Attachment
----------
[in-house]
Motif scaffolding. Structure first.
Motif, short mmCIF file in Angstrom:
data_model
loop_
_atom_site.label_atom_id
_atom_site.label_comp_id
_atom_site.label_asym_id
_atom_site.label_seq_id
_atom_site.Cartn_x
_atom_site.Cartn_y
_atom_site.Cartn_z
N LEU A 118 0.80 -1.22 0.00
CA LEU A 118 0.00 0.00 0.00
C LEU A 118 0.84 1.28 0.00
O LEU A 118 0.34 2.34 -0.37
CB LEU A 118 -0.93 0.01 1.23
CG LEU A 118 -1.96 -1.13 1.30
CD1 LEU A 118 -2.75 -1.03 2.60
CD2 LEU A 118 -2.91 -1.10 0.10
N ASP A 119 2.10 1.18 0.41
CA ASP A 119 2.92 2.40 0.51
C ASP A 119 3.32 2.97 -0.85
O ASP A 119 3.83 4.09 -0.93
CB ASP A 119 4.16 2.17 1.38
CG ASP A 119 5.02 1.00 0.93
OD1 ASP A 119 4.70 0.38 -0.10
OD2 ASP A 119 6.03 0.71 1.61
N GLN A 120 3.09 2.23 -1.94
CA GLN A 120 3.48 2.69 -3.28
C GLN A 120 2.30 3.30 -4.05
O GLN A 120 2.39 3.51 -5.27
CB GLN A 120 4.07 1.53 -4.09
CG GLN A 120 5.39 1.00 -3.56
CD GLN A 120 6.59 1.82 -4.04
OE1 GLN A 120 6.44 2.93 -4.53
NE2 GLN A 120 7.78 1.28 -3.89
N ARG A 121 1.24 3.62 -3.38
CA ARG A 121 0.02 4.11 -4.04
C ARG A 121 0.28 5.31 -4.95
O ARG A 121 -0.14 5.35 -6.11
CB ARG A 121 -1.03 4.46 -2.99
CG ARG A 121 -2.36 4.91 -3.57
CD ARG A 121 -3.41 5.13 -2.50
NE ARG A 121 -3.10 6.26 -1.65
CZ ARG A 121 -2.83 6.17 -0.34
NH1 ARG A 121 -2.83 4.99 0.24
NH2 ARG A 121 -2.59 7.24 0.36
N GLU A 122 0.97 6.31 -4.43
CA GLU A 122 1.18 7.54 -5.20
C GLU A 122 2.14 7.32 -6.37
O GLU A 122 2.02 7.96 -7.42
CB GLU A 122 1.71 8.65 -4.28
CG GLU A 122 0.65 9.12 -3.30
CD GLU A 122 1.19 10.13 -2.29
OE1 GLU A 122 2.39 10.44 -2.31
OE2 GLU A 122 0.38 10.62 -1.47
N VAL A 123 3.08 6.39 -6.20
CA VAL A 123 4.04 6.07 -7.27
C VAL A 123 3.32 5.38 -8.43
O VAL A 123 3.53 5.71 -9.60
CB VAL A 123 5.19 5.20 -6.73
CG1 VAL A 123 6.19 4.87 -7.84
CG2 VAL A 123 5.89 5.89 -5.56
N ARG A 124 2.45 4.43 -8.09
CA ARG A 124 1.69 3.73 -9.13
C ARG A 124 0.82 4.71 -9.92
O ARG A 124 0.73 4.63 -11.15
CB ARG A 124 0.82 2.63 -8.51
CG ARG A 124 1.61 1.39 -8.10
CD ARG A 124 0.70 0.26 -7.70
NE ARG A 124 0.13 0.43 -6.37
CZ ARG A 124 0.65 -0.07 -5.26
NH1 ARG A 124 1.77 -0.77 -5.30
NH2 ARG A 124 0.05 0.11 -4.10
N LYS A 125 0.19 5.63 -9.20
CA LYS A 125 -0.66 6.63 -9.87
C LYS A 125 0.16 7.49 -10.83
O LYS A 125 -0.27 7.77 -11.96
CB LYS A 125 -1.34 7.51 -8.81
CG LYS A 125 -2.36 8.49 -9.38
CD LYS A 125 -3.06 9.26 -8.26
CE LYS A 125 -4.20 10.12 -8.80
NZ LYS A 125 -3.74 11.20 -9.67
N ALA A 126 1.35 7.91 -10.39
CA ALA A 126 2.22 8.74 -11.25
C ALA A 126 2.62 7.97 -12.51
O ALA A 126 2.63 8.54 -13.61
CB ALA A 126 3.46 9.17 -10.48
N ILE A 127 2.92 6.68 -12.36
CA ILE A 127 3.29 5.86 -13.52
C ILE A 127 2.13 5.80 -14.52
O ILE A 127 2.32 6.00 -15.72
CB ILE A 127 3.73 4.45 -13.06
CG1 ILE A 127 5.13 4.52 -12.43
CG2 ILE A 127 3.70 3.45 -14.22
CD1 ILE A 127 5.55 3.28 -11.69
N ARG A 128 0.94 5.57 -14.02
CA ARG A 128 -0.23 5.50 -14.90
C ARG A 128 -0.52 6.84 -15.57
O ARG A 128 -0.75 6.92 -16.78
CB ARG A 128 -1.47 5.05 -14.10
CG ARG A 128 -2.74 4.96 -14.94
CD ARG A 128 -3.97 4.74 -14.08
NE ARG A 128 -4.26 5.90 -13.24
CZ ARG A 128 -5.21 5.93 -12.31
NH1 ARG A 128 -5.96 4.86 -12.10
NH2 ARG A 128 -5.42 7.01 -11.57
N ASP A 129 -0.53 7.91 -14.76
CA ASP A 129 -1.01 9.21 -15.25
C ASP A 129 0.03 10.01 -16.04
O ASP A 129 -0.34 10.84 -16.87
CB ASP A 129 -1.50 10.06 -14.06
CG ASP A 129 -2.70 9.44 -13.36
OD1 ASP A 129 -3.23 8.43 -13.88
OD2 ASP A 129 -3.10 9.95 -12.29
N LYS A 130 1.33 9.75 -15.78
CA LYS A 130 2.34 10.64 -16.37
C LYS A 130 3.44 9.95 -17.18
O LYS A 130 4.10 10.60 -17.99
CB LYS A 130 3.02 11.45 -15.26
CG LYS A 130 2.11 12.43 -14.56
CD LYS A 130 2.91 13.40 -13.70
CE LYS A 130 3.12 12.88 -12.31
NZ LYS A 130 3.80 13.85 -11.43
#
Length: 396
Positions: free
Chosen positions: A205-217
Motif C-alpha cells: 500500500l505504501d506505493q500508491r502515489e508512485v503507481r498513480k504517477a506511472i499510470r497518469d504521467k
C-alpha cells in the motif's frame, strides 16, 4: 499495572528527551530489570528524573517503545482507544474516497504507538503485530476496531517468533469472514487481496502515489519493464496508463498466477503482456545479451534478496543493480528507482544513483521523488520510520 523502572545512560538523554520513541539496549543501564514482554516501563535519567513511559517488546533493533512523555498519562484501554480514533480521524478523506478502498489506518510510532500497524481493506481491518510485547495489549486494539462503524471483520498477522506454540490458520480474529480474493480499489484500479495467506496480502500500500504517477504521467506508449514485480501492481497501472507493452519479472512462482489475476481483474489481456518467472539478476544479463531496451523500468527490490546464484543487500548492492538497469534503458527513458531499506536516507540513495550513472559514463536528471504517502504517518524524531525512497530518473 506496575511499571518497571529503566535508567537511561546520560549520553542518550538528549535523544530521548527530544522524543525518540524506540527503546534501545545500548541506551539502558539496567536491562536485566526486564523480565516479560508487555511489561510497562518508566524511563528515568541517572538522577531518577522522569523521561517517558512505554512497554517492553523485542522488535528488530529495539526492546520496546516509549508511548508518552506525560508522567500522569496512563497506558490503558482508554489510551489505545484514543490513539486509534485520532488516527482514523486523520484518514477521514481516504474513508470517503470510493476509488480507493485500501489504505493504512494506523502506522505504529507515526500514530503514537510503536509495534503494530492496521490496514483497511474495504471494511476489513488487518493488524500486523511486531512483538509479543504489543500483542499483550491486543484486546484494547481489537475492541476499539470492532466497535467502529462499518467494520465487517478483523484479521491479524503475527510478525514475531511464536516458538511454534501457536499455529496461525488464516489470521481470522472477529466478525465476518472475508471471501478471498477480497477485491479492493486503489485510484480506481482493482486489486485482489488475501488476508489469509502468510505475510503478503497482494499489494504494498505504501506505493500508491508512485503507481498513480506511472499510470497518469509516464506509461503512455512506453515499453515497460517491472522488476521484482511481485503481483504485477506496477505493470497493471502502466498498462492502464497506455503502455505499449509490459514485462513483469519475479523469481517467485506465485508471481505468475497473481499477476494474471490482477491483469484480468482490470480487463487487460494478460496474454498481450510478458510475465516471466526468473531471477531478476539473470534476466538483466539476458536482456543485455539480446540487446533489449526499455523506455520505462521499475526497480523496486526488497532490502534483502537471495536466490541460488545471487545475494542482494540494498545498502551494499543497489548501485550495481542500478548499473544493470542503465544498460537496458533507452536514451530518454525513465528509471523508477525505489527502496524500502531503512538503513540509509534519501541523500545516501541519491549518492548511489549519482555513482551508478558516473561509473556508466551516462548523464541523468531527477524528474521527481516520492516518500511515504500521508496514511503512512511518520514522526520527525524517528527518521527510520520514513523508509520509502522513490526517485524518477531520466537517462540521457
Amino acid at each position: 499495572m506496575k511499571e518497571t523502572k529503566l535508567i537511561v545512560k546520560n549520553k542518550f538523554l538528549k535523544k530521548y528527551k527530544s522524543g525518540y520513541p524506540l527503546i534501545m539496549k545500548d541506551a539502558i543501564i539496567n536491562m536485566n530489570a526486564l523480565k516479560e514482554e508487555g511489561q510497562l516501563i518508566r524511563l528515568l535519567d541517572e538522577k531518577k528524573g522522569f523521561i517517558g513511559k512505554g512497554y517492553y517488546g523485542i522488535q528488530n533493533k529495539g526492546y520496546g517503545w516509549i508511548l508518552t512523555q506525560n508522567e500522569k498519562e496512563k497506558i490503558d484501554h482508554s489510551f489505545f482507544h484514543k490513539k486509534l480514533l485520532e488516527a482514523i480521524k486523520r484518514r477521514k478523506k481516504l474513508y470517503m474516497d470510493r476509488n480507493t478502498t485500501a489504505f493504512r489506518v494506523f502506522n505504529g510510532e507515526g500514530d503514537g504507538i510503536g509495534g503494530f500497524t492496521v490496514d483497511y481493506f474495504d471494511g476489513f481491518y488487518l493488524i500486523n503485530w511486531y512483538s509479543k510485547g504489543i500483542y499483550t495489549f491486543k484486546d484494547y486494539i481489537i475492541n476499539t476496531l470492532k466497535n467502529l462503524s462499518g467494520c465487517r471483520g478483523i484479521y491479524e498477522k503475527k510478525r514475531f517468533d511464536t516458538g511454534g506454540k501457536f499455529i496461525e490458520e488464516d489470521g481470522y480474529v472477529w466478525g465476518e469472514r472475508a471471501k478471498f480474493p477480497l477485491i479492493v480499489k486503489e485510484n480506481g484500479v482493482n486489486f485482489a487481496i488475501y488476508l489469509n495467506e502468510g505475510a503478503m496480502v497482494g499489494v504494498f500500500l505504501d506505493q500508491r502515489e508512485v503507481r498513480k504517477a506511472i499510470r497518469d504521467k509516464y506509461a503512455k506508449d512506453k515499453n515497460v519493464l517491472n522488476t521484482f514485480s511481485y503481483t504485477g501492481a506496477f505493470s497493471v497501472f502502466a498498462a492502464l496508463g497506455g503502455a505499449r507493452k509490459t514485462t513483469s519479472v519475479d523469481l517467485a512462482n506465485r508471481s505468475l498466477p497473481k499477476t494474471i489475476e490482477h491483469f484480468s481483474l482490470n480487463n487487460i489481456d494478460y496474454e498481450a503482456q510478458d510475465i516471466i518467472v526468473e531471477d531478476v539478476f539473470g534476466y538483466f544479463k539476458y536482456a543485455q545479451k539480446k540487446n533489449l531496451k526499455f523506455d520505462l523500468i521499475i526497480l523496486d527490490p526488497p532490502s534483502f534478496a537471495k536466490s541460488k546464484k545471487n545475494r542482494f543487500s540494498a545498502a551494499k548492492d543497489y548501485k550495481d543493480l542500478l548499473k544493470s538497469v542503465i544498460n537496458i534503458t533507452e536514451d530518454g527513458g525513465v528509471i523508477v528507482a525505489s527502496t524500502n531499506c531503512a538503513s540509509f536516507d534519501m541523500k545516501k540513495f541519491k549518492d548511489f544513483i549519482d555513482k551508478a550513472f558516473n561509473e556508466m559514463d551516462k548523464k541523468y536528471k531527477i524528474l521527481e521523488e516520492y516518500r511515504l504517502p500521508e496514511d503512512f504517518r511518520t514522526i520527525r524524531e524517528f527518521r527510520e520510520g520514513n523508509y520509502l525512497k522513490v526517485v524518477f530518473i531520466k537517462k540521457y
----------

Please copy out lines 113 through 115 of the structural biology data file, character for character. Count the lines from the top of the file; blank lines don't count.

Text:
CB ASP A 129 -1.50 10.06 -14.06
CG ASP A 129 -2.70 9.44 -13.36
OD1 ASP A 129 -3.23 8.43 -13.88